First, the physics of the matter:
1. An object is in balance if its center of gravity is above its base of support. Take my Leaning Tower of Pisa cake for instance. Note that its center of gravity, marked with an X, is still well centered over its base, therefore both the actual monument and my cake version do not fall over. The same notion applies to topsy turvy cakes.
2. The topsy turvy cake method borrows from the ancient sculpting technique, contrapposto, which in Italian literally means counter pose. That is how a sculpted human form like Michelangelo’s 14-foot statue of David, can stand without keeling over. The key is counterbalance. Note how the structures above both use wedge shapes. As long as each wedge of the body/cake counters its neighboring wedges, the weight distribution remains stable and the statue/cake won’t topple over.
The 4-tier red velvet cake that appears here served 100 and consisted of the following levels, all of which began as cylinders that were 5” in height before carving.
- 5” diameter round top tier (tapered down to a 4” diameter base)
- 7” diameter round tier (tapered down to a 6” diameter base)
- 9” diameter round tier (tapered down to a 8” diameter base)
- 11” diameter round base tier (tapered down to a 10” diameter base)
► These measurements are for a skinny topsy turvy look. For a more squat, Alice in Wonderland cake shape, opt for wider tiers that are 3” or 4” apart from one another in diameter.
Items needed to carve this 4-tier skinny topsy turvy cake (note: if you don’t own all these sizes of cake circles, use a ruler, compass, and pencil and to trace their outlines and trim them down to size).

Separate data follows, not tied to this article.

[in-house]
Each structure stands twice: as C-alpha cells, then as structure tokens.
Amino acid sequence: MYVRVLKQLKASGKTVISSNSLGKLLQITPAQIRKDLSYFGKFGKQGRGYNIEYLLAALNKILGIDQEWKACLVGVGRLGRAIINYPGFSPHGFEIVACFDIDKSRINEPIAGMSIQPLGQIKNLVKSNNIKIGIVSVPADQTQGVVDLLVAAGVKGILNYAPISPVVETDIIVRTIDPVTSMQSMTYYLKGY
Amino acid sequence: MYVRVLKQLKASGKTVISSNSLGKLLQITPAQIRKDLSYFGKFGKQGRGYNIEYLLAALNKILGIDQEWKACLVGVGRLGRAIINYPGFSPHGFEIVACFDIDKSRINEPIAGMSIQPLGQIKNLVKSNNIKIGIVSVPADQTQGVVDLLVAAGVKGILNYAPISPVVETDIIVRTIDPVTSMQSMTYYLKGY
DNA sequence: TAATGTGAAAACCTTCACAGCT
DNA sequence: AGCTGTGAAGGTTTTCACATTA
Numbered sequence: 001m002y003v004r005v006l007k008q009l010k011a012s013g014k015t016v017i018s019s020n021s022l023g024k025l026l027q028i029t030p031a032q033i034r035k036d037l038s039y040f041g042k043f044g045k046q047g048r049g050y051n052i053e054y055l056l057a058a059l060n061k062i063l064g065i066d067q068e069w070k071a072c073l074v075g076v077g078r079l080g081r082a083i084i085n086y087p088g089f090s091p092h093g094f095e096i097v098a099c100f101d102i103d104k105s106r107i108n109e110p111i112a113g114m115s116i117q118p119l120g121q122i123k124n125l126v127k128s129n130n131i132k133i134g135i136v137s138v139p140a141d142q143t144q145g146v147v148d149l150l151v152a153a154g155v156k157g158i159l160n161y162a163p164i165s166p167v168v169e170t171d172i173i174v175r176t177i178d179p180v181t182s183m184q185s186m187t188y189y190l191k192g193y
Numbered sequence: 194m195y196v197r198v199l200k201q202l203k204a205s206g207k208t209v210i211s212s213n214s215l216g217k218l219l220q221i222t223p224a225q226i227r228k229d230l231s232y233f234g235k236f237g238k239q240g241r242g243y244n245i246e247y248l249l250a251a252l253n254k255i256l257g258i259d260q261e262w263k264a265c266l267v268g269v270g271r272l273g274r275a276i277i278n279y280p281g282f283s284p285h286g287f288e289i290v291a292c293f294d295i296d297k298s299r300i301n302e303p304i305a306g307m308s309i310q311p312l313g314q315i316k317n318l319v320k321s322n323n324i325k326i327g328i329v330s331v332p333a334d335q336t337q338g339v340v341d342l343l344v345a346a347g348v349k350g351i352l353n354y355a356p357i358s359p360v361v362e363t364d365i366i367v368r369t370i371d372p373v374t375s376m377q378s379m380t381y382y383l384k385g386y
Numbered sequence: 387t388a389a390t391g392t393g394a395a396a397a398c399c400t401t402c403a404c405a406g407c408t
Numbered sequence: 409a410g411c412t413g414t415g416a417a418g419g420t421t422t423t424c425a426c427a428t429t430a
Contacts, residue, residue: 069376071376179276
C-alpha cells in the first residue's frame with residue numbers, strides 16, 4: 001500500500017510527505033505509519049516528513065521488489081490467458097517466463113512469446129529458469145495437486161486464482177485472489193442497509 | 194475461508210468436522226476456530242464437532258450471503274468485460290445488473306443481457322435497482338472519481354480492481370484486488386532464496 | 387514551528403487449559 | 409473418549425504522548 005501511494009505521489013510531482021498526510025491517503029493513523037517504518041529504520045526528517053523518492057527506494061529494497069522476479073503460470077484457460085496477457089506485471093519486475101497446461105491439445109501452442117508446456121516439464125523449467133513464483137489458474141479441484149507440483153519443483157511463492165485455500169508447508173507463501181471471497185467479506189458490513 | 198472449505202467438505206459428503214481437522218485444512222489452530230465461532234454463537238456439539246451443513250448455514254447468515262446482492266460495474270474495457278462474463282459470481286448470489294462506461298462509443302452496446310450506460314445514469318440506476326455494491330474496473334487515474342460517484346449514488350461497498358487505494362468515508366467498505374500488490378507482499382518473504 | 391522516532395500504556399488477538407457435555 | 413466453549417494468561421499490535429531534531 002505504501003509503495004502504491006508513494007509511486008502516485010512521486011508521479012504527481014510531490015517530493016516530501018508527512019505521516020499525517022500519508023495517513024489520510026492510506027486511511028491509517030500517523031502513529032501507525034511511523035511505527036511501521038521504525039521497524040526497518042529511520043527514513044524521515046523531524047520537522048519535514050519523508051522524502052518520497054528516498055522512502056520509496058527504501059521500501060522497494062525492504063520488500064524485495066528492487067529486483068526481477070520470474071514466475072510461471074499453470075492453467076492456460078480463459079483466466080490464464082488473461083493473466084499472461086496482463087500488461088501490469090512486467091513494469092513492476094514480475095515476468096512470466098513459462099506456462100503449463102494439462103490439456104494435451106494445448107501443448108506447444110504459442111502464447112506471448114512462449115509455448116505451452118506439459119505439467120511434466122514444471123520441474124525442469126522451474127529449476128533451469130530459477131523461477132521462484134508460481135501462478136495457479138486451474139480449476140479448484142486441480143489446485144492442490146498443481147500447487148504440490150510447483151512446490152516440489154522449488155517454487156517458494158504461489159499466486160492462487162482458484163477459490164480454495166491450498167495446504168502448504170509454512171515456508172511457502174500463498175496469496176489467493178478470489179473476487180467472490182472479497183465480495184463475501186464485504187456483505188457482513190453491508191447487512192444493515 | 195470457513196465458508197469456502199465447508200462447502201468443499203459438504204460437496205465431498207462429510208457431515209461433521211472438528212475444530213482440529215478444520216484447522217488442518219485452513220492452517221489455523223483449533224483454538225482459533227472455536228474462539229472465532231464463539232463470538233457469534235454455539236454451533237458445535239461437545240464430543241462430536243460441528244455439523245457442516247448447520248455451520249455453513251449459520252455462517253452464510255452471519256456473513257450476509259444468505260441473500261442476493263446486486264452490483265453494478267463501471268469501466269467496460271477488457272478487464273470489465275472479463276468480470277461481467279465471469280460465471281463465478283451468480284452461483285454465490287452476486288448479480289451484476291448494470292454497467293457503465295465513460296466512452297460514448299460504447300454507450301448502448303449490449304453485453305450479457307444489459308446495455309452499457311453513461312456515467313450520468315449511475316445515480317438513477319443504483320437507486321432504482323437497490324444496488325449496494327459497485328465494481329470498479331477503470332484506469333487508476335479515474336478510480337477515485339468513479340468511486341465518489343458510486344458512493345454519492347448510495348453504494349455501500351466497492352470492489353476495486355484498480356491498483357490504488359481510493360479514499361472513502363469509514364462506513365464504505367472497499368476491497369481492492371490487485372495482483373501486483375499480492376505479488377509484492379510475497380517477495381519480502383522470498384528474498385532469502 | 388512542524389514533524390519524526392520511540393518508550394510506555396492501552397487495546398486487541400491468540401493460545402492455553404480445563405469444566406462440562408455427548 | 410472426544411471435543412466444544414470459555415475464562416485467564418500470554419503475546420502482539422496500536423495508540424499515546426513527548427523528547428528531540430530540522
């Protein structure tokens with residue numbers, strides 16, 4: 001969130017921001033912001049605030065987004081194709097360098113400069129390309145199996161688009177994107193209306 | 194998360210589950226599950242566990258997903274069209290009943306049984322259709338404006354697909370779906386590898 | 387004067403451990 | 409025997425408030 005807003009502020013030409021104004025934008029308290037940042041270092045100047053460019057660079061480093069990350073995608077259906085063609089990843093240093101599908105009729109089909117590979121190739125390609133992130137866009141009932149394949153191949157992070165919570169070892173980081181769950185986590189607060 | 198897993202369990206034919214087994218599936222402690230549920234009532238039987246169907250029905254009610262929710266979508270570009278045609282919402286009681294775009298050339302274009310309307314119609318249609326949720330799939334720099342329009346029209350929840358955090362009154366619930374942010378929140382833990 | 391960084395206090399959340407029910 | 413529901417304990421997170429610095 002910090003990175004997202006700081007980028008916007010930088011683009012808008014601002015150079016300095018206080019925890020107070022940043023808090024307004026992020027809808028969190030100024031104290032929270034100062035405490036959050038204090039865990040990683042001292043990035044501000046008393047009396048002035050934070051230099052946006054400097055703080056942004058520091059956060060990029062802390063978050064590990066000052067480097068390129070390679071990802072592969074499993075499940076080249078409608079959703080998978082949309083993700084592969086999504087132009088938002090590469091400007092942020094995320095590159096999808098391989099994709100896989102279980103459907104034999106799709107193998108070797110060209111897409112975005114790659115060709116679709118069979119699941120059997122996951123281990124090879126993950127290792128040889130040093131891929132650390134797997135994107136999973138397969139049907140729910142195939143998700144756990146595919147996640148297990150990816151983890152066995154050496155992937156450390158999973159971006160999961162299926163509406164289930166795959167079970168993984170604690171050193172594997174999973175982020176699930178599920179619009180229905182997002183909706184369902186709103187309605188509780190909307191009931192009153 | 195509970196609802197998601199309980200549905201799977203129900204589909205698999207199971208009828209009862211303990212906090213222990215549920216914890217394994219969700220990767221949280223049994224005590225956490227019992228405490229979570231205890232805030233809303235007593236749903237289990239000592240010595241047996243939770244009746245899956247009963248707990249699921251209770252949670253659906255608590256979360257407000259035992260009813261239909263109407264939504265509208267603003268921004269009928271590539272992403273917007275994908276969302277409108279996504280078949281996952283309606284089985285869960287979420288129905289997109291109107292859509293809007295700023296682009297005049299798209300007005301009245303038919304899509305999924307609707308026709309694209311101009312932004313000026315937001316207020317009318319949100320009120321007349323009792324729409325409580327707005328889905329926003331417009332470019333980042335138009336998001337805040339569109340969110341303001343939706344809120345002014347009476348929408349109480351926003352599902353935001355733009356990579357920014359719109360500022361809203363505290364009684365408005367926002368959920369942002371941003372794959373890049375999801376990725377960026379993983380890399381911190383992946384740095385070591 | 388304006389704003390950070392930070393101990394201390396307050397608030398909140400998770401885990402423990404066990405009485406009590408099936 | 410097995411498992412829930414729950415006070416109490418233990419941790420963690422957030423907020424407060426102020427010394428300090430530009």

- 4” diameter round cake cardboard
- 5” diameter round cake cardboard
- 6” diameter round cake cardboard
- 7” diameter round cake cardboard
- 8” diameter round cake cardboard
- 9” diameter round cake cardboard
- 10” diameter round cake cardboard
- 11” diameter round cake cardboard
- Serrated knife
- Plastic wrap
1. Taper each tier using my upside down cake tapering method.
2. With a serrated knife, saw across the middle just enough to mark the top of each cake.
3. Angle the knife 15° and slice a half moon wedge off ½ of the top. Start and end the cut shallowly but arch downwards in the middle to slice ½” – ¾” deep.
4. Flip the wedge of cake onto the opposite side to complete the angle. Secure it with a thin layer of buttercream frosting.
5. Return the appropriate-sized cardboard to the top of the cake, press, and flip the cake upside down.
6. Repeat the same process on the bottom of the cake, cutting from the mirroring side and building onto the mirroring side so that the end result is a tilted cake that is wedge-shaped.
7. Repeat the process on all tiers. Store the tiers wrapped in plastic with the cardboard circles on both top and bottom at all times. The cardboard will help each tier hold its odd shape.
► For a cake that requires a level surface for a topper, refrain from angling the top end of the top tier.
8. When all the tiers are carved, stack them as they are meant to be assembled to test their balance and approve the overall angle of the cake. They should be able to stand alone without any help. Carve adjustments at this stage if needed.
10. For topsy turvy infrastructure, I have used both the dowel system and the SPS system successfully many times. There is more measuring involved because the interior supports are at different angles but it follows the same rules as an ordinary stacked cake.
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Sample the books
Smooth Buttercream Cake Frosting
The Ultimate Modeling Chocolate Resource Guide